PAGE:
At her 85 years of age, artist and ecofeminist Mira Lehr, whose exhibition will be part of the next Art Basel fair in Miami, believes more than ever that if you live long enough and work long enough, amazing things happen - and she's not afraid of playing with fire if the result is a work of art.
In the garden of her beautiful 1929 home in Miami Beach, which previously belonged to her parents, Mirabelle, her real name, was handed a lighted cigarette by one of her assistants and used it to light the gunpowder trickling through one of her latest works.
Surrounded by smoke and the small flames lit by the cigarette, a thoughtful Lehr looked like a priestess performing an ancient ritual to anyone watching that demonstration of a "relatively new" element in her art.
Another novelty, she told EFE in an interview, is having introduced handwriting into some of her works, which have to do with her concern about the planet, about the destruction of nature that she so adores.
"I want people to be aware of how beautiful nature is, how precious it is for us...and I don't want to see everything ruined on this planet," said the artist just a few days after inaugurating at the Jewish Museum of Florida her exhibition dubbed "A Walk in the Garden," which combines large-format paintings and an installation made with 200 pieces of colored resin hung from the ceiling.
Hers is the Jewish Museum's principal show for the Art Basel fair in December.
"Initially I was attracted to the beauty and the look of nature," she said, so in her early works such forms as flowers and leaves are clearly seen. But as time passed she gradually turned to abstract art, toward the "essence" of nature and its structures, she said.
In recent times her work has acquired a political side, due to the need she feels to express her concern about climate change and because she believes art can help others understand that the planet "needs to be preserved and protected."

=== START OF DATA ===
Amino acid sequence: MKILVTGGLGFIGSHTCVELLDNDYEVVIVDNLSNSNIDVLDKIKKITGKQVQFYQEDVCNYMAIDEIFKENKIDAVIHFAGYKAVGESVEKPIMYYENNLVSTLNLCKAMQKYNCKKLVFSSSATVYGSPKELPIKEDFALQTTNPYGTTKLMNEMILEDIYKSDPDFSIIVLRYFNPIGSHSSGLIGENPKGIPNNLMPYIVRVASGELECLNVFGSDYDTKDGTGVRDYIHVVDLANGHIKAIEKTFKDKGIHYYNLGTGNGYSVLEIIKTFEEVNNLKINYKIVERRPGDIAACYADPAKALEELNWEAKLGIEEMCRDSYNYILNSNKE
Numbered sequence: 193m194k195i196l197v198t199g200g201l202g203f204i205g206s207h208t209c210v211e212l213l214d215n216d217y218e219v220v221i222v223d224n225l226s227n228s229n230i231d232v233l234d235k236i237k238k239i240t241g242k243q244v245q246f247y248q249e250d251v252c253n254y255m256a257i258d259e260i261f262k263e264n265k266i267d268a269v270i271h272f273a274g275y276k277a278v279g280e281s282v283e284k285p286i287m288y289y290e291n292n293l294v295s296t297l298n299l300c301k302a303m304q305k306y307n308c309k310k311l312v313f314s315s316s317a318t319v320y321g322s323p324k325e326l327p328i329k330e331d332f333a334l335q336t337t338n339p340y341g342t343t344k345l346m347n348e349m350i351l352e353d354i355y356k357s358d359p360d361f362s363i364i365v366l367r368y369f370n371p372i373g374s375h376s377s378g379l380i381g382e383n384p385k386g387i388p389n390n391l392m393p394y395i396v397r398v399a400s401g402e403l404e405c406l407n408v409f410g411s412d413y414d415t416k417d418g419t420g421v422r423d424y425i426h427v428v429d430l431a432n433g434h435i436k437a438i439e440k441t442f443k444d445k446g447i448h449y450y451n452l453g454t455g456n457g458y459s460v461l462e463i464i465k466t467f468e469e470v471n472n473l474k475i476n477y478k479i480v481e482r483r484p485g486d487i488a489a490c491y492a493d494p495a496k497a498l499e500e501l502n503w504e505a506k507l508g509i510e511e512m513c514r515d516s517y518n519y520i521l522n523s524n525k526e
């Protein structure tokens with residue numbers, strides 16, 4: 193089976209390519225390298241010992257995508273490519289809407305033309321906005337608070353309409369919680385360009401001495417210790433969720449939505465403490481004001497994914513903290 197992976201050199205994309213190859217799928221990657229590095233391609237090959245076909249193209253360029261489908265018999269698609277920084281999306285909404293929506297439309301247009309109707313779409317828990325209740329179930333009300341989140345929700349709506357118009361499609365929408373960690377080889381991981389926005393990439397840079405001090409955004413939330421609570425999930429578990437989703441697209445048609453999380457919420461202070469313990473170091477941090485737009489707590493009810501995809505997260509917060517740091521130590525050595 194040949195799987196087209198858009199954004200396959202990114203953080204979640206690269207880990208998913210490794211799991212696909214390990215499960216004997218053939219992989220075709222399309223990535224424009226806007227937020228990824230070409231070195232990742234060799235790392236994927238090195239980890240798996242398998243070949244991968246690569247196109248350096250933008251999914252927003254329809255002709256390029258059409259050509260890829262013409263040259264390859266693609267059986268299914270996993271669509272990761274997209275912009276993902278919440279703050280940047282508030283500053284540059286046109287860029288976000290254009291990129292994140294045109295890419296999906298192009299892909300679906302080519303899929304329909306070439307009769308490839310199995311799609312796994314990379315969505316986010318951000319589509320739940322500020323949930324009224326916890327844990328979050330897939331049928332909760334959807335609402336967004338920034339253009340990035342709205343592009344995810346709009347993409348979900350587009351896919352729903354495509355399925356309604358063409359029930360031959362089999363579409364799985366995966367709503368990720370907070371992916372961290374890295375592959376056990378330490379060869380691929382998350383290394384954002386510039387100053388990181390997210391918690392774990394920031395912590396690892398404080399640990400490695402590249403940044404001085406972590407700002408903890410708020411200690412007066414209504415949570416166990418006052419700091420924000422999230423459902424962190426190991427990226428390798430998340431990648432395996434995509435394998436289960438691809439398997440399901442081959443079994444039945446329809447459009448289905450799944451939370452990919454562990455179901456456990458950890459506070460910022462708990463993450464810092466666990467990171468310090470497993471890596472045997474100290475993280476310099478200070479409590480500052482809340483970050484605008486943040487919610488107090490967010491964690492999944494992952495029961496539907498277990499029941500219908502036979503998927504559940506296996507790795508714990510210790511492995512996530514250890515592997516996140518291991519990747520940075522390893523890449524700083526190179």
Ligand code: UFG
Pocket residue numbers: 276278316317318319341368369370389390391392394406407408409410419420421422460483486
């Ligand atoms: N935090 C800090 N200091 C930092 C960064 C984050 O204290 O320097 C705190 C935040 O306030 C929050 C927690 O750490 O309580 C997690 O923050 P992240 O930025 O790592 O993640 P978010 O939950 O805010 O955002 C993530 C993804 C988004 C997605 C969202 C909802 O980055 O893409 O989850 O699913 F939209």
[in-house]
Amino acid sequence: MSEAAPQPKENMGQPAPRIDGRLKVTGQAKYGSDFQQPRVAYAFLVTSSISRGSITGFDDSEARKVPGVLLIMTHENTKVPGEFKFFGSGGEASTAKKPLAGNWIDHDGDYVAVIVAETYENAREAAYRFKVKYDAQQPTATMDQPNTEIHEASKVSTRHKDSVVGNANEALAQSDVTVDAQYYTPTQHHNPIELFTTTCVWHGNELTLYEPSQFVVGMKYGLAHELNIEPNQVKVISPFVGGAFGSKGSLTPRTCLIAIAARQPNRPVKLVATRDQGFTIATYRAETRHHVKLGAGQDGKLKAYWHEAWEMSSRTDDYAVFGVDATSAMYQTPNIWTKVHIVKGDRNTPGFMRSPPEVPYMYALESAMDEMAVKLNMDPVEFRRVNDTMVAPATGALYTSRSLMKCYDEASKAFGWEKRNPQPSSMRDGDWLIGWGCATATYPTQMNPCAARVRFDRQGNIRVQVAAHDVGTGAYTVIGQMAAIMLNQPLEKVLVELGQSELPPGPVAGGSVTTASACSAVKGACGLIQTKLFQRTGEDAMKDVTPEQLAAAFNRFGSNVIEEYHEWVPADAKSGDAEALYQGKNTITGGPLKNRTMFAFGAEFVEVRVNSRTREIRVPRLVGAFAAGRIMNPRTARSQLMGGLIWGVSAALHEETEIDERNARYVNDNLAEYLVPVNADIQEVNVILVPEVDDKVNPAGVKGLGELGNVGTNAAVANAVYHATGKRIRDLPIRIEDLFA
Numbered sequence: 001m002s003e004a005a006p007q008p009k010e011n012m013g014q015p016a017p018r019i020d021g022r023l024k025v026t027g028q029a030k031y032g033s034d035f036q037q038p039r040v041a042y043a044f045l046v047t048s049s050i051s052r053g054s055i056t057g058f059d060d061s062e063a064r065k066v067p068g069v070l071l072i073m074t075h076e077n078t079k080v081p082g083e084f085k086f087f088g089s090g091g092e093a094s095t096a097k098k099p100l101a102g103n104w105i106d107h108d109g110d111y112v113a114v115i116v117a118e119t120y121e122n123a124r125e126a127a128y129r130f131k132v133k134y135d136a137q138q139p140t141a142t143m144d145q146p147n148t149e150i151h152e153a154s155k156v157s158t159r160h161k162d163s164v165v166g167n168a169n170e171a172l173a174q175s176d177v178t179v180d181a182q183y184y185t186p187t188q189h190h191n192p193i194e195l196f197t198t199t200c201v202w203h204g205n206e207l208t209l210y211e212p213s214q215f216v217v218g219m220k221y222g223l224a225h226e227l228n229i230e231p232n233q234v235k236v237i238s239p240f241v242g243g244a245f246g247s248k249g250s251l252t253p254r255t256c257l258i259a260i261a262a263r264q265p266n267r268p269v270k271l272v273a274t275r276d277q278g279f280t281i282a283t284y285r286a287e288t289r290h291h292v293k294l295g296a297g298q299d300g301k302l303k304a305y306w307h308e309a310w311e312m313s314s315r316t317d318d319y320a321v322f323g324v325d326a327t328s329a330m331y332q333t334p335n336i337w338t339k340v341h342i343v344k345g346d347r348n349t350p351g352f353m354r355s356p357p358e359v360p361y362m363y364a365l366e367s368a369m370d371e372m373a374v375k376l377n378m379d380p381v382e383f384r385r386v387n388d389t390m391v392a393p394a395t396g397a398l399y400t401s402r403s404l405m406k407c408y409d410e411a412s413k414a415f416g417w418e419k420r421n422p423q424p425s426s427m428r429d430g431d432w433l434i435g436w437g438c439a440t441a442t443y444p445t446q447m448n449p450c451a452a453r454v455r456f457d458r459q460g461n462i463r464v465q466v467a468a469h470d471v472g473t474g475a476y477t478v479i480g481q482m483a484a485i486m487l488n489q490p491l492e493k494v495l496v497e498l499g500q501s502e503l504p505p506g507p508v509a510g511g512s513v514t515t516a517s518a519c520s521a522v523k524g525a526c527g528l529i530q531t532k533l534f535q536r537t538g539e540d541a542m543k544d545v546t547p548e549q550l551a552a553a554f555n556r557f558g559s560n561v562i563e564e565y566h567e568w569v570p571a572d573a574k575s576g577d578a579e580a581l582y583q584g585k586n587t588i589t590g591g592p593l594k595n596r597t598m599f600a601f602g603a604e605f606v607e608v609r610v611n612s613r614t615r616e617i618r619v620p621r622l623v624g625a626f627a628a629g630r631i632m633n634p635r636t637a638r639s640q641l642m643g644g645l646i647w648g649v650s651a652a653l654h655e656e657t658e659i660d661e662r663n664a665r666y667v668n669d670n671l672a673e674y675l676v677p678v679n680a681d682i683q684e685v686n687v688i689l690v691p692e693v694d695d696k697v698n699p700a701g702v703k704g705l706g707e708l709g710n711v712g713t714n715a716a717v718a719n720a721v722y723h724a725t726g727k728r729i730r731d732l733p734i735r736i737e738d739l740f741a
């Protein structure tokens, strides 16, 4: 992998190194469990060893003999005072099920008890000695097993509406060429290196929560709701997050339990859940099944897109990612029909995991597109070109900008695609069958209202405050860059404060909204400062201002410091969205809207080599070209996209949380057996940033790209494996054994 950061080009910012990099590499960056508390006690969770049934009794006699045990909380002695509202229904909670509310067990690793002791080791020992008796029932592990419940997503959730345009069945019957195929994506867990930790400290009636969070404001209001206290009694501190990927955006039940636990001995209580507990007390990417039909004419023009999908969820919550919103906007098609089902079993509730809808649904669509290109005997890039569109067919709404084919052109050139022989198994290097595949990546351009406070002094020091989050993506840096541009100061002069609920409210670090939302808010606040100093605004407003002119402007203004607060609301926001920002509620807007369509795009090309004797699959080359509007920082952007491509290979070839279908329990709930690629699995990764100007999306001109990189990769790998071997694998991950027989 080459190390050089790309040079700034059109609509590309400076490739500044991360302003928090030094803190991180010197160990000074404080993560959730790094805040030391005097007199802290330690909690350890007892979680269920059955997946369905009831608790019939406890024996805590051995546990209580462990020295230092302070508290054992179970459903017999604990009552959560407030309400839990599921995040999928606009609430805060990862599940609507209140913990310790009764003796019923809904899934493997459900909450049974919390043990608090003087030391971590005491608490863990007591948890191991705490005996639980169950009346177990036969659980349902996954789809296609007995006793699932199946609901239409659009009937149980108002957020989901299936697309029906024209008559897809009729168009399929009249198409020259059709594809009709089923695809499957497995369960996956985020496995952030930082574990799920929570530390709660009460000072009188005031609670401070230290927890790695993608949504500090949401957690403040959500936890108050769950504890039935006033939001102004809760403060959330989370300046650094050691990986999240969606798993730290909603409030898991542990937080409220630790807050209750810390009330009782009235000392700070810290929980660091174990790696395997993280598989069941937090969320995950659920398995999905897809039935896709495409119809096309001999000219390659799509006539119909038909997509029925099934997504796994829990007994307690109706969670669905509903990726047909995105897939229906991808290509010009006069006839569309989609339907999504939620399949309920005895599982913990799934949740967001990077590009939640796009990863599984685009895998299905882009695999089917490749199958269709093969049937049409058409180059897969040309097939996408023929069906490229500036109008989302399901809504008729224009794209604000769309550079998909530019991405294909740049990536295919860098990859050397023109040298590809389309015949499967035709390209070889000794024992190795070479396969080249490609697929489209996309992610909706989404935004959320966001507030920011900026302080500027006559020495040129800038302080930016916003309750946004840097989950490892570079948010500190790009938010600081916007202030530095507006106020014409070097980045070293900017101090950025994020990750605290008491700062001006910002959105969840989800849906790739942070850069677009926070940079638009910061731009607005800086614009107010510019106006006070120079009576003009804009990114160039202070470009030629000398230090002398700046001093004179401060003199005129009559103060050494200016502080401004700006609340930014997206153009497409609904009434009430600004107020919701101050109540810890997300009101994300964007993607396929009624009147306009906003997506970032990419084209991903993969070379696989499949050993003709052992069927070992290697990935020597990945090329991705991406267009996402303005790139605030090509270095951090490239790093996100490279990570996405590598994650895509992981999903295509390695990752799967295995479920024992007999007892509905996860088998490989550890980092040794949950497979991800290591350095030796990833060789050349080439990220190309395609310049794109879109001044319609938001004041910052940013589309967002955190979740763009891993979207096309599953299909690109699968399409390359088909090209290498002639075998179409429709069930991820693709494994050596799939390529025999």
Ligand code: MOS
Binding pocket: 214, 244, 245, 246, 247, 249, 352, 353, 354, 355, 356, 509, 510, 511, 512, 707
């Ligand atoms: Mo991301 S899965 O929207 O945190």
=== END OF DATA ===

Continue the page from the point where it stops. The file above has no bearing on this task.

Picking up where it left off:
For example, her back patio has been flooded, the sea level is rising because the climate is warming, she said, pointing to the waterway behind the house that is her home and also her studio.
In one of her latest works, beneath the abstract forms with a characteristic texture achieved with layers of fine paper glued onto the canvas, are words like "Antarctica" and "glaciers," written in a beautiful calligraphy.
They are there not only to transmit a message, but also because "I like how it looks," Lehr said, adding that if it "didn't look good I would not do it, because the work is visual. You know I'm not a conceptual artist."
Of her artistic playing with fire, she said what really interests her is that blazing element of nature because it is "very dramatic," something that occurs instantly and creates beautiful, avant-garde forms.
Her works that include the igniting of gunpowder play with the ideas of construction, creation and destruction, the essence of nature.
Mira Lehr said she would like to die "in my studio with a brush in my hand after discovering something amazing." EFE ar/cd